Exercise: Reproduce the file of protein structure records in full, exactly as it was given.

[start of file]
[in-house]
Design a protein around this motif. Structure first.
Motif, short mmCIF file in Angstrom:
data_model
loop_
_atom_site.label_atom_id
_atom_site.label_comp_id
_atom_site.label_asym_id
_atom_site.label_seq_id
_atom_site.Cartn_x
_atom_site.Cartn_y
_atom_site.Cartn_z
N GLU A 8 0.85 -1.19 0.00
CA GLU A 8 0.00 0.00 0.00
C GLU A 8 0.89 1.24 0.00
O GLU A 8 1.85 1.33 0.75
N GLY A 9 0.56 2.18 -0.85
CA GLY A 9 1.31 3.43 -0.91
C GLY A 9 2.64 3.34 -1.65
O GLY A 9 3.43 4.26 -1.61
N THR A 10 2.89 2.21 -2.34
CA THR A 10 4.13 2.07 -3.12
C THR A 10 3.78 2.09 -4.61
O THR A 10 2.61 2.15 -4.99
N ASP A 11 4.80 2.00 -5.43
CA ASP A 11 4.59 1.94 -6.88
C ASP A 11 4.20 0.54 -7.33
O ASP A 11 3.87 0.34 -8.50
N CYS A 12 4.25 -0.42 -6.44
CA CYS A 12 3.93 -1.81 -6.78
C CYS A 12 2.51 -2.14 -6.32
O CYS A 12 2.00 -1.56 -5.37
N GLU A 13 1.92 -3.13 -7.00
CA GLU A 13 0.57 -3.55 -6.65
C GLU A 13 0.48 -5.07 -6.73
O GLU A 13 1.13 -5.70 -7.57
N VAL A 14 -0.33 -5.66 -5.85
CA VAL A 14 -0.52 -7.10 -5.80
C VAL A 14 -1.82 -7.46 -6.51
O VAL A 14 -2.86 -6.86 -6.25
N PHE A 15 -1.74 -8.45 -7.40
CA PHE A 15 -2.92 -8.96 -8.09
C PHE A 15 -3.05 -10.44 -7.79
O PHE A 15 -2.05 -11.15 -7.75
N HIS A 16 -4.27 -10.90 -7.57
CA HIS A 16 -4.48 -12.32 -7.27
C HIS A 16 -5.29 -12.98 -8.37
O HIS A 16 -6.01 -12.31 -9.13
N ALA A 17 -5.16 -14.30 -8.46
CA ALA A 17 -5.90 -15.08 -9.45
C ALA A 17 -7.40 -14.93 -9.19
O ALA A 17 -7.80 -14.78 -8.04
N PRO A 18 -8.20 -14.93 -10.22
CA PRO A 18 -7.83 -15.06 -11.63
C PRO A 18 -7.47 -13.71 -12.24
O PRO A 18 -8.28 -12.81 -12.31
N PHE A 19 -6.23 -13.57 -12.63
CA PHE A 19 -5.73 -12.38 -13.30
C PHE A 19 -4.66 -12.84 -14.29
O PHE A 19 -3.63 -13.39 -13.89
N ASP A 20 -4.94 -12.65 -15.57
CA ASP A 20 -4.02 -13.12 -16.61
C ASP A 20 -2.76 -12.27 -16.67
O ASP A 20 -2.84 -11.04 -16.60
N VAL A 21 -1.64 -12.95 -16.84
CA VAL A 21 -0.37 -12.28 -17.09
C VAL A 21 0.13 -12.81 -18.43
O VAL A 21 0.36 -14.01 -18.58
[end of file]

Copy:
[in-house]
Design a protein around this motif. Structure first.
Motif, short mmCIF file in Angstrom:
data_model
loop_
_atom_site.label_atom_id
_atom_site.label_comp_id
_atom_site.label_asym_id
_atom_site.label_seq_id
_atom_site.Cartn_x
_atom_site.Cartn_y
_atom_site.Cartn_z
N GLU A 8 0.85 -1.19 0.00
CA GLU A 8 0.00 0.00 0.00
C GLU A 8 0.89 1.24 0.00
O GLU A 8 1.85 1.33 0.75
N GLY A 9 0.56 2.18 -0.85
CA GLY A 9 1.31 3.43 -0.91
C GLY A 9 2.64 3.34 -1.65
O GLY A 9 3.43 4.26 -1.61
N THR A 10 2.89 2.21 -2.34
CA THR A 10 4.13 2.07 -3.12
C THR A 10 3.78 2.09 -4.61
O THR A 10 2.61 2.15 -4.99
N ASP A 11 4.80 2.00 -5.43
CA ASP A 11 4.59 1.94 -6.88
C ASP A 11 4.20 0.54 -7.33
O ASP A 11 3.87 0.34 -8.50
N CYS A 12 4.25 -0.42 -6.44
CA CYS A 12 3.93 -1.81 -6.78
C CYS A 12 2.51 -2.14 -6.32
O CYS A 12 2.00 -1.56 -5.37
N GLU A 13 1.92 -3.13 -7.00
CA GLU A 13 0.57 -3.55 -6.65
C GLU A 13 0.48 -5.07 -6.73
O GLU A 13 1.13 -5.70 -7.57
N VAL A 14 -0.33 -5.66 -5.85
CA VAL A 14 -0.52 -7.10 -5.80
C VAL A 14 -1.82 -7.46 -6.51
O VAL A 14 -2.86 -6.86 -6.25
N PHE A 15 -1.74 -8.45 -7.40
CA PHE A 15 -2.92 -8.96 -8.09
C PHE A 15 -3.05 -10.44 -7.79
O PHE A 15 -2.05 -11.15 -7.75
N HIS A 16 -4.27 -10.90 -7.57
CA HIS A 16 -4.48 -12.32 -7.27
C HIS A 16 -5.29 -12.98 -8.37
O HIS A 16 -6.01 -12.31 -9.13
N ALA A 17 -5.16 -14.30 -8.46
CA ALA A 17 -5.90 -15.08 -9.45
C ALA A 17 -7.40 -14.93 -9.19
O ALA A 17 -7.80 -14.78 -8.04
N PRO A 18 -8.20 -14.93 -10.22
CA PRO A 18 -7.83 -15.06 -11.63
C PRO A 18 -7.47 -13.71 -12.24
O PRO A 18 -8.28 -12.81 -12.31
N PHE A 19 -6.23 -13.57 -12.63
CA PHE A 19 -5.73 -12.38 -13.30
C PHE A 19 -4.66 -12.84 -14.29
O PHE A 19 -3.63 -13.39 -13.89
N ASP A 20 -4.94 -12.65 -15.57
CA ASP A 20 -4.02 -13.12 -16.61
C ASP A 20 -2.76 -12.27 -16.67
O ASP A 20 -2.84 -11.04 -16.60
N VAL A 21 -1.64 -12.95 -16.84
CA VAL A 21 -0.37 -12.28 -17.09
C VAL A 21 0.13 -12.81 -18.43
O VAL A 21 0.36 -14.01 -18.58